Yesterday, April 19, I turned 49. With 50 on the horizon, it’s best to beat y’all to the Grim Reaper jokes. Moreover, I was sincerely moved with all the email and facebook shoutouts on my big day. It was a very tangible reminder of how BLESSED I truly am to have the friends I cherish. It’s a good thing… ’cause I don’t know if you realize it, but April 19th ain’t a very “happy day” otherwise. Aside from being a day short of Adolf Hitler’s birthday (1889) and the Columbine High School tragedy (1999), the 19th of April has a rather ignominious place in history. Let’s discuss…
At 5 a.m., British troops marched into Lexington, Mass. to capture what then would have been considered leaders of the colonial rebellion, and the rebels’ cache of weapons. They were met by 77 Massachusetts minutemen who put on a valiant defense, with the belligerents firing the first shots of the Revolutionary War, more than a year before independence.
The first combat deaths in the Civil War happened not in the South, but in Baltimore. That’s where a group of secessionist Baltimoreans attacked Union troops from Massachusetts who were en route to Washington, D.C. Four soldiers and a dozen “rioters” died in the incident.
In response to Jewish resistance in Poland, the Waffen SS set upon the Warsaw ghetto with the full strength of the German military. The resistance held out for 28 days and suffered more than 56,000 deaths before the Nazis razed the remaining buildings and put down the uprising.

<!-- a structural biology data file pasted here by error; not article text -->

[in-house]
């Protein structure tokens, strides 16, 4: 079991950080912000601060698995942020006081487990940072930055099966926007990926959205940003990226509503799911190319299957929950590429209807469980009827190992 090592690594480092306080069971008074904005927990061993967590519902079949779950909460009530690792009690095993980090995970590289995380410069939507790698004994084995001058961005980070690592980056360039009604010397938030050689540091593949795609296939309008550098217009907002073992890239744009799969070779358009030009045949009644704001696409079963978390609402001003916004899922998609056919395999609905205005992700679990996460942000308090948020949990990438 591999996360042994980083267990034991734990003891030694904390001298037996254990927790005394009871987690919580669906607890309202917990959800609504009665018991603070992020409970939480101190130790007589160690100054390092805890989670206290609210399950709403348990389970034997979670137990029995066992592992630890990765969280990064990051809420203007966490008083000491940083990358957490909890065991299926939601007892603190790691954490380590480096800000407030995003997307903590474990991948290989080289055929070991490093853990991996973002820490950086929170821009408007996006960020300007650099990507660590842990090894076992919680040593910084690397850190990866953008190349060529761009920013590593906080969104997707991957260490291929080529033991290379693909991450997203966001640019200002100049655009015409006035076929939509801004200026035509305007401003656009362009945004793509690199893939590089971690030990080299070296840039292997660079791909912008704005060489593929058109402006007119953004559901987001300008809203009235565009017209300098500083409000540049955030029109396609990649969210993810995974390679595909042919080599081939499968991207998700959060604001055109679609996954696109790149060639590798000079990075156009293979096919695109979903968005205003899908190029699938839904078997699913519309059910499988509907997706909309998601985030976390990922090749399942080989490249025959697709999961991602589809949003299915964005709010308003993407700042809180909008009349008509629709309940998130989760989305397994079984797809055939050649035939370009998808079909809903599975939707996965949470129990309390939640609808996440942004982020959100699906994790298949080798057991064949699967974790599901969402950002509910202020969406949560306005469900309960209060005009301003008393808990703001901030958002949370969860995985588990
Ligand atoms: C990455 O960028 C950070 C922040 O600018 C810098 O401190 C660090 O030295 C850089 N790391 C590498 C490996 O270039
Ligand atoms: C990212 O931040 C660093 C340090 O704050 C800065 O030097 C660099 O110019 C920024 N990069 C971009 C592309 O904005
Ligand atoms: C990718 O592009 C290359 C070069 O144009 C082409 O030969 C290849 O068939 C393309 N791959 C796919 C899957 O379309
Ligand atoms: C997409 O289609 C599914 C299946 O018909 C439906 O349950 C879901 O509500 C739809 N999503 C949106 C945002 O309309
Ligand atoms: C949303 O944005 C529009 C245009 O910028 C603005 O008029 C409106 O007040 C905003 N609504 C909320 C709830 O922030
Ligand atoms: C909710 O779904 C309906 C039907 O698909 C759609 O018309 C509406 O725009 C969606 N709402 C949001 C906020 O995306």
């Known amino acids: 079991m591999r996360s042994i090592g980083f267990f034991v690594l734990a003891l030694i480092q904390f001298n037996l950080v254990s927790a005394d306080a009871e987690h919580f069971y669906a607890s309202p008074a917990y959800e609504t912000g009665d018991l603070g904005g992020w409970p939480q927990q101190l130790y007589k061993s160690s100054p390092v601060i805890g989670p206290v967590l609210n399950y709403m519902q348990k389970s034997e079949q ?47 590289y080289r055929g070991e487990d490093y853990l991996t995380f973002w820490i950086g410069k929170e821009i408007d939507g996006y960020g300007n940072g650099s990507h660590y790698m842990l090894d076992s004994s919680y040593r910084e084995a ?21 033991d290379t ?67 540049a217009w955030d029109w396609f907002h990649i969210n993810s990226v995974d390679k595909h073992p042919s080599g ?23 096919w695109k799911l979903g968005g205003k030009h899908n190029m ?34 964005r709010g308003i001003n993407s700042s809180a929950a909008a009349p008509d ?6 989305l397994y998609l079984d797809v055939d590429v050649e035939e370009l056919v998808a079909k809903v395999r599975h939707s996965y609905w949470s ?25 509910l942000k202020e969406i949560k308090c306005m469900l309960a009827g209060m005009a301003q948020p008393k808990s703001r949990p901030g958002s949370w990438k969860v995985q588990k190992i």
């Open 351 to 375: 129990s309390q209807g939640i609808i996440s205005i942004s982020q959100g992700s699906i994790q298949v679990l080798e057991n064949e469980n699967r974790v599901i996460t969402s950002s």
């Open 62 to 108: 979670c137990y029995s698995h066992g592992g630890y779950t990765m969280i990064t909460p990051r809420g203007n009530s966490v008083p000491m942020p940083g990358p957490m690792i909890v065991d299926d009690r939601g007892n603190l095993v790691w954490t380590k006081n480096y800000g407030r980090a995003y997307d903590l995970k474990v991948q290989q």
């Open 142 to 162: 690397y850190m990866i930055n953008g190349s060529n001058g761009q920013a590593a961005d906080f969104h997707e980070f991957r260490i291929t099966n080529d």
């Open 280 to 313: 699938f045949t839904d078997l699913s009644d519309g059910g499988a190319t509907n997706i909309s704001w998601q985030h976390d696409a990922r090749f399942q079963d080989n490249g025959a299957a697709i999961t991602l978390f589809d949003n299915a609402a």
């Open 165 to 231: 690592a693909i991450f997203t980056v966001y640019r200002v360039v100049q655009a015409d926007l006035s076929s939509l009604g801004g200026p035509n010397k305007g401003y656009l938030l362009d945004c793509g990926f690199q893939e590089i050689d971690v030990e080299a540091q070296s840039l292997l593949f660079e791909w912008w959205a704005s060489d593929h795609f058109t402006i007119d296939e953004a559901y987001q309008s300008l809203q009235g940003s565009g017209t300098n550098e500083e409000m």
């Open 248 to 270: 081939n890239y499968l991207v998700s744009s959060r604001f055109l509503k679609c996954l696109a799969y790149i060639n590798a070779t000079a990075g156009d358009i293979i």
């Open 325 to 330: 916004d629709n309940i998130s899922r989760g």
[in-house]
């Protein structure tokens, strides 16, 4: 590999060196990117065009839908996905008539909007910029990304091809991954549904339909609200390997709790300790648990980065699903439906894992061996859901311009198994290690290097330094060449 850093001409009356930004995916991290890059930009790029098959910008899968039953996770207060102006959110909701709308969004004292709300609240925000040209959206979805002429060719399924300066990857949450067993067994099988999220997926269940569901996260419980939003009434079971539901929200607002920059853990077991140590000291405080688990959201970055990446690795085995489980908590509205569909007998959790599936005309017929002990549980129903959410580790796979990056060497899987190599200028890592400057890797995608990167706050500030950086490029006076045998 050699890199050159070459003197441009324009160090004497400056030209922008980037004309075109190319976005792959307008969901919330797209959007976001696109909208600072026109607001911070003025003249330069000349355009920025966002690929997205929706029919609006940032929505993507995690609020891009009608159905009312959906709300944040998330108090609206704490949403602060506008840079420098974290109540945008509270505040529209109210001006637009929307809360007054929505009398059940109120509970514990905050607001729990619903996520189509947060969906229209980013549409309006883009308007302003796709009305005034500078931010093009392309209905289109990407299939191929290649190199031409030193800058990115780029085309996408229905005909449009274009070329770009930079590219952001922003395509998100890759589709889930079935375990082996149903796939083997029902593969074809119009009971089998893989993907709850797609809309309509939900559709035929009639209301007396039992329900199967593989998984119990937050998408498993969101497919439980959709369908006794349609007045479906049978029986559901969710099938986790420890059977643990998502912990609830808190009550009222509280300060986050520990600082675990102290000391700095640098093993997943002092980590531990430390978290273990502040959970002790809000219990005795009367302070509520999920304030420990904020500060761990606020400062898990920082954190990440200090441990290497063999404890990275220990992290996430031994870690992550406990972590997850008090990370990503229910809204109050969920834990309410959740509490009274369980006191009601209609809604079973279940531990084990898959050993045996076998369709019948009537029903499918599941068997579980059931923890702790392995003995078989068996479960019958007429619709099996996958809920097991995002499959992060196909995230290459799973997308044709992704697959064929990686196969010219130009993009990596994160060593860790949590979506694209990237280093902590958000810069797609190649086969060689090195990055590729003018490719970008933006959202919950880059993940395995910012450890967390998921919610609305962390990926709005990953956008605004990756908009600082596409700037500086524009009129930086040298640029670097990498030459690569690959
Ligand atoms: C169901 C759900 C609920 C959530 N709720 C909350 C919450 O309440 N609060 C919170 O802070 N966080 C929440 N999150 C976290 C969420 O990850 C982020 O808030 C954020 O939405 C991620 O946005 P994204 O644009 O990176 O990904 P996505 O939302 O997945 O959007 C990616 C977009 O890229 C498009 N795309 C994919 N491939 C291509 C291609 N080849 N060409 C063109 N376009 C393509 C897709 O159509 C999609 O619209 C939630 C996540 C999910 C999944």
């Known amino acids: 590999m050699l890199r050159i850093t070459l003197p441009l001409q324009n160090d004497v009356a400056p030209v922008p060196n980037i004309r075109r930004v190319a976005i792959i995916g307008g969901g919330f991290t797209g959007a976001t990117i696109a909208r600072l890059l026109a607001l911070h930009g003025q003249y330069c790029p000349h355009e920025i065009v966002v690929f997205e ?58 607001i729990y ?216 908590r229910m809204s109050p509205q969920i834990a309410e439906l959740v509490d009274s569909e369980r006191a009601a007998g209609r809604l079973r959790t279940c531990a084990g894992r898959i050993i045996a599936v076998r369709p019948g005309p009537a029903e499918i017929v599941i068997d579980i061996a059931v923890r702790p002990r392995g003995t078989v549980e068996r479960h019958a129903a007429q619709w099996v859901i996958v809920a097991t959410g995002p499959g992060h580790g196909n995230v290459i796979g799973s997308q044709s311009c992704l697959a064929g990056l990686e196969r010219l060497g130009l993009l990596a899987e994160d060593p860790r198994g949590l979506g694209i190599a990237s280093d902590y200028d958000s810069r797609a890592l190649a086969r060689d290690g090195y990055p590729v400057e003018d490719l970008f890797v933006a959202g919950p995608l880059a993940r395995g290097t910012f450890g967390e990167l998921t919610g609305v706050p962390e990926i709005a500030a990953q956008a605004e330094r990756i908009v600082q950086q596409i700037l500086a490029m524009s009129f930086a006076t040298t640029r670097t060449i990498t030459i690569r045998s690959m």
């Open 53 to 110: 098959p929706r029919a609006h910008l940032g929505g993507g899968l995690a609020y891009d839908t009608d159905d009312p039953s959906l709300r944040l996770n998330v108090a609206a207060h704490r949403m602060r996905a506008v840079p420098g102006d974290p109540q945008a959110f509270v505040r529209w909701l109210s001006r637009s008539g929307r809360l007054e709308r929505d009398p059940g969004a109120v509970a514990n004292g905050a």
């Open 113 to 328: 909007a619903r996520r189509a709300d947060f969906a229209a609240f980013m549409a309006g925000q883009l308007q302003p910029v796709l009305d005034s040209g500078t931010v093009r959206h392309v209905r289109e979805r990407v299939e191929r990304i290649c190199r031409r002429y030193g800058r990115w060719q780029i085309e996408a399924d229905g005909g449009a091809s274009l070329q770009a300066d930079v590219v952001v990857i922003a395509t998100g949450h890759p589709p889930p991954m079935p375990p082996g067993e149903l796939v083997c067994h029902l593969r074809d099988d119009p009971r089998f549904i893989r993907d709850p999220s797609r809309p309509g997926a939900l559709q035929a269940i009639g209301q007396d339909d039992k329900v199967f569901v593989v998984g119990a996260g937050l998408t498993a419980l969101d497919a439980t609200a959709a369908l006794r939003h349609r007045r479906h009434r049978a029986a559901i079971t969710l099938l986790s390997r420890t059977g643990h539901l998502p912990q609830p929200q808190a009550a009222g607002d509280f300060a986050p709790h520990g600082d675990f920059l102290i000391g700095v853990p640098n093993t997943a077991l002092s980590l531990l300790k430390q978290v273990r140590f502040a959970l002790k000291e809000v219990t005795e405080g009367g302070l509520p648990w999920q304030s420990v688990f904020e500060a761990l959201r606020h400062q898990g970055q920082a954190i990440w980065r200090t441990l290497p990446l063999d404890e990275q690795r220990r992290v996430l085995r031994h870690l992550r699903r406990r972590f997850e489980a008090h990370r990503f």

The big opening act of the Moscow Circus: clowning out about the Marshall Plan. Evidently, “one of the most famous Russian clowns, Konstantin Berman,” compared the economic recovery package to a boomerang of money for the U.S., and called the Voice of America a pack of barking dogs. Jokes, eh?
South Dakota governor George Mickelson and seven others are killed when a state-owned aircraft crashes in Iowa.
Ending a 51-day siege of the Branch Davidian compound in Waco, Texas, the FBI launched an assault using tear-gas grenades when David Koresh and his followers continued to refuse to evacuate. The basis of the standoff was an ATF investigation into illegal stockpiling of firearms and explosives. Following the tear gas incident, fires erupted within the main building, leading to the deaths of 80 cult members.
As a response to the 1993 raid, Timothy McVeigh, with the help of Terry Nichols, parked a Ryder truck filled with explosives outside the Murrah Federal Building in Oklahoma City. The resulting explosion killed 168 people.
Then there was this year. The day before, pop culture legend Dick Clark passed away. As Johnny Carson was to late-night television, Clark was to New Year’s Eve. And in an era before the instant impact of the Internet, “American Bandstand” transmitted youth culture from coast-to-coast before anyone realized what was happening.
Then on the 19th, Levon Helm of The Band lost his 14-year battle with throat cancer. The lone Southerner in a Canadian band, Helm was the pork in The Band’s green beans — giving the group that necessary flavor. In a tribute to never giving up, he won Grammys in 2008 and 2010 for his last two albums.
But the day’s not all bad. After all, this guy was born on April 19th in 1963, and I seem to be doing OK… With a little help from my friends, that is. Thanks again folks!
by J.L. Mann Cromer, Jr., who served as the only true independent member of the South Carolina General Assembly from 1990-1998. Currently, he is a general practice attorney in Columbia, S.C., concentrating in probate and estate planning, criminal defense and personal injury law.